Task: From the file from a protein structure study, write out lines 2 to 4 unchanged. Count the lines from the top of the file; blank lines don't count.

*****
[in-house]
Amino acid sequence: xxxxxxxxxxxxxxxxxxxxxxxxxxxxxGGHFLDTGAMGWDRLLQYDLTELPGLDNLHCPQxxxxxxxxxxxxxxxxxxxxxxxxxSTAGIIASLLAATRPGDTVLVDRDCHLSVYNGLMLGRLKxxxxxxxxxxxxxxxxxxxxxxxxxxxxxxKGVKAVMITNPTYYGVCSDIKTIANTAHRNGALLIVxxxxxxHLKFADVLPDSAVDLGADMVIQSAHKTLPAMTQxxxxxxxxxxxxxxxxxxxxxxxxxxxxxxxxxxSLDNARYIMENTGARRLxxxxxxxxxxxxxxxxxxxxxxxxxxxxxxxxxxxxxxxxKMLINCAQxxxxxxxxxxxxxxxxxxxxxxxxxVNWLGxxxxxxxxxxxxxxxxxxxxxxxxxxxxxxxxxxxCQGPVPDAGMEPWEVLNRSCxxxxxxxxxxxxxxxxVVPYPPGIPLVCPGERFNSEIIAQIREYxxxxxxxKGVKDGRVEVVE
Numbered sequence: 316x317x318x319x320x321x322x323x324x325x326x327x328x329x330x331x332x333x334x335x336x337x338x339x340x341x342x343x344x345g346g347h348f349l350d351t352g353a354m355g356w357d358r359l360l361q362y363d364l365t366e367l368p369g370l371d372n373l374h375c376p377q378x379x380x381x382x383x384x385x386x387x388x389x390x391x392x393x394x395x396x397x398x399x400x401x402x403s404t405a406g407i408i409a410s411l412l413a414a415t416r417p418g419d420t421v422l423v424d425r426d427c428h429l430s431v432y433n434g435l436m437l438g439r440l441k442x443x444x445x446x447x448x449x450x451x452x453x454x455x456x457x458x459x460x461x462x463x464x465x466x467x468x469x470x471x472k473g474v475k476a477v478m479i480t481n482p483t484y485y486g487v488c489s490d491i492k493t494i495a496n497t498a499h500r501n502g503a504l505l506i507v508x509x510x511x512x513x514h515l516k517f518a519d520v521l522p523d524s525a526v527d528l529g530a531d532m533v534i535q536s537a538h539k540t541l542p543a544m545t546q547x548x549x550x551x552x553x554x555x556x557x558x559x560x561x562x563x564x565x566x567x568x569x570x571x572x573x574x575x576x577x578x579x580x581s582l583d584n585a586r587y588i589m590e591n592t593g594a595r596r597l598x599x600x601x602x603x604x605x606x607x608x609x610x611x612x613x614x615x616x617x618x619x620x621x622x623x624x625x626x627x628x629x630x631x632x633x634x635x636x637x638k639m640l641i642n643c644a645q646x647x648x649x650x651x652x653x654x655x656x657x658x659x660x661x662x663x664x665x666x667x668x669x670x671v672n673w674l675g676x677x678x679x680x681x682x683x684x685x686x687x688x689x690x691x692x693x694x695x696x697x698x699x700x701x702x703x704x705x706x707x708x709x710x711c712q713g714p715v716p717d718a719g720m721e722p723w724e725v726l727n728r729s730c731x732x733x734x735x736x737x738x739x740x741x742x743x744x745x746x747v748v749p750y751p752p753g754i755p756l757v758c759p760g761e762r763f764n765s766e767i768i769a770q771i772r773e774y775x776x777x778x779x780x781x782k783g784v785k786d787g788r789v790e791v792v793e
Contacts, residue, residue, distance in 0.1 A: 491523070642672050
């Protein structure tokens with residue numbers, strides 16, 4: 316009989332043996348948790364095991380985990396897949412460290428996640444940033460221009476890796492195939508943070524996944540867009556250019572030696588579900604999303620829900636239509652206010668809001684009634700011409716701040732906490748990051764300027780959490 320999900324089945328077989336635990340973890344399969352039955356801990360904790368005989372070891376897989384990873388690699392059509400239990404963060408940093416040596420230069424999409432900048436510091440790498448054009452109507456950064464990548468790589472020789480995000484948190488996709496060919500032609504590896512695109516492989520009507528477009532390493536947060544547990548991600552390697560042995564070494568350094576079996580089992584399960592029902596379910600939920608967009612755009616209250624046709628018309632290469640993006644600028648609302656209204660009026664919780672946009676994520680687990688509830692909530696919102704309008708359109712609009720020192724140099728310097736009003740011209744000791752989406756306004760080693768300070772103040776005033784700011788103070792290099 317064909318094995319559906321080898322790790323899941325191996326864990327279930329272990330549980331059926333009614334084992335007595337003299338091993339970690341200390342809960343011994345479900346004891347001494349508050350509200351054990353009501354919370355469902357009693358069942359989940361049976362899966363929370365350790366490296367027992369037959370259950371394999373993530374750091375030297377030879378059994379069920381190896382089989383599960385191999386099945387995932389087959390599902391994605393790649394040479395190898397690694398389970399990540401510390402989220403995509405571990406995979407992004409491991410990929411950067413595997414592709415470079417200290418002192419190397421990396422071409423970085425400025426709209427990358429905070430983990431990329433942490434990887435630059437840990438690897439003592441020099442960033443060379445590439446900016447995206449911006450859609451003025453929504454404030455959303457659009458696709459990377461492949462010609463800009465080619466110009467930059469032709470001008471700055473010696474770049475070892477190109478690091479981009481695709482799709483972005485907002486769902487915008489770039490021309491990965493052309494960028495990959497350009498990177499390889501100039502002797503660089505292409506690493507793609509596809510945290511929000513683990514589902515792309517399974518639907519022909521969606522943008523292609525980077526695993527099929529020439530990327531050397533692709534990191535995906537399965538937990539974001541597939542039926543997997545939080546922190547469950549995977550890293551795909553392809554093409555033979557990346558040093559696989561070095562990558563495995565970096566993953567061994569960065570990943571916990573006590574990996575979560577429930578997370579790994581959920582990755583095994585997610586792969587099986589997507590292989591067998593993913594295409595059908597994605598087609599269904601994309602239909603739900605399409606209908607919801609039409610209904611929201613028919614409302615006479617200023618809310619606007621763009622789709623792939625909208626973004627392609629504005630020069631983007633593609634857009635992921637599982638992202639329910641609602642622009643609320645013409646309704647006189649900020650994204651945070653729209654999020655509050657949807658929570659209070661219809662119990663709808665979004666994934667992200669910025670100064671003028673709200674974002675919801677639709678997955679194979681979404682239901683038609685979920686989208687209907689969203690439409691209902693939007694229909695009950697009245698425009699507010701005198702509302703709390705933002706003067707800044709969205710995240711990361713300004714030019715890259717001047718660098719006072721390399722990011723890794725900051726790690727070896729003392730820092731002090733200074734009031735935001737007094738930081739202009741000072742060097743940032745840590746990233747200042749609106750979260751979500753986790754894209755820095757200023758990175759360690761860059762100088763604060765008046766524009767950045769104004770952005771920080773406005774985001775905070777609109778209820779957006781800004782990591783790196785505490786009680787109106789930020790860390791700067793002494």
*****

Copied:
Amino acid sequence: xxxxxxxxxxxxxxxxxxxxxxxxxxxxxGGHFLDTGAMGWDRLLQYDLTELPGLDNLHCPQxxxxxxxxxxxxxxxxxxxxxxxxxSTAGIIASLLAATRPGDTVLVDRDCHLSVYNGLMLGRLKxxxxxxxxxxxxxxxxxxxxxxxxxxxxxxKGVKAVMITNPTYYGVCSDIKTIANTAHRNGALLIVxxxxxxHLKFADVLPDSAVDLGADMVIQSAHKTLPAMTQxxxxxxxxxxxxxxxxxxxxxxxxxxxxxxxxxxSLDNARYIMENTGARRLxxxxxxxxxxxxxxxxxxxxxxxxxxxxxxxxxxxxxxxxKMLINCAQxxxxxxxxxxxxxxxxxxxxxxxxxVNWLGxxxxxxxxxxxxxxxxxxxxxxxxxxxxxxxxxxxCQGPVPDAGMEPWEVLNRSCxxxxxxxxxxxxxxxxVVPYPPGIPLVCPGERFNSEIIAQIREYxxxxxxxKGVKDGRVEVVE
Numbered sequence: 316x317x318x319x320x321x322x323x324x325x326x327x328x329x330x331x332x333x334x335x336x337x338x339x340x341x342x343x344x345g346g347h348f349l350d351t352g353a354m355g356w357d358r359l360l361q362y363d364l365t366e367l368p369g370l371d372n373l374h375c376p377q378x379x380x381x382x383x384x385x386x387x388x389x390x391x392x393x394x395x396x397x398x399x400x401x402x403s404t405a406g407i408i409a410s411l412l413a414a415t416r417p418g419d420t421v422l423v424d425r426d427c428h429l430s431v432y433n434g435l436m437l438g439r440l441k442x443x444x445x446x447x448x449x450x451x452x453x454x455x456x457x458x459x460x461x462x463x464x465x466x467x468x469x470x471x472k473g474v475k476a477v478m479i480t481n482p483t484y485y486g487v488c489s490d491i492k493t494i495a496n497t498a499h500r501n502g503a504l505l506i507v508x509x510x511x512x513x514h515l516k517f518a519d520v521l522p523d524s525a526v527d528l529g530a531d532m533v534i535q536s537a538h539k540t541l542p543a544m545t546q547x548x549x550x551x552x553x554x555x556x557x558x559x560x561x562x563x564x565x566x567x568x569x570x571x572x573x574x575x576x577x578x579x580x581s582l583d584n585a586r587y588i589m590e591n592t593g594a595r596r597l598x599x600x601x602x603x604x605x606x607x608x609x610x611x612x613x614x615x616x617x618x619x620x621x622x623x624x625x626x627x628x629x630x631x632x633x634x635x636x637x638k639m640l641i642n643c644a645q646x647x648x649x650x651x652x653x654x655x656x657x658x659x660x661x662x663x664x665x666x667x668x669x670x671v672n673w674l675g676x677x678x679x680x681x682x683x684x685x686x687x688x689x690x691x692x693x694x695x696x697x698x699x700x701x702x703x704x705x706x707x708x709x710x711c712q713g714p715v716p717d718a719g720m721e722p723w724e725v726l727n728r729s730c731x732x733x734x735x736x737x738x739x740x741x742x743x744x745x746x747v748v749p750y751p752p753g754i755p756l757v758c759p760g761e762r763f764n765s766e767i768i769a770q771i772r773e774y775x776x777x778x779x780x781x782k783g784v785k786d787g788r789v790e791v792v793e
Contacts, residue, residue, distance in 0.1 A: 491523070642672050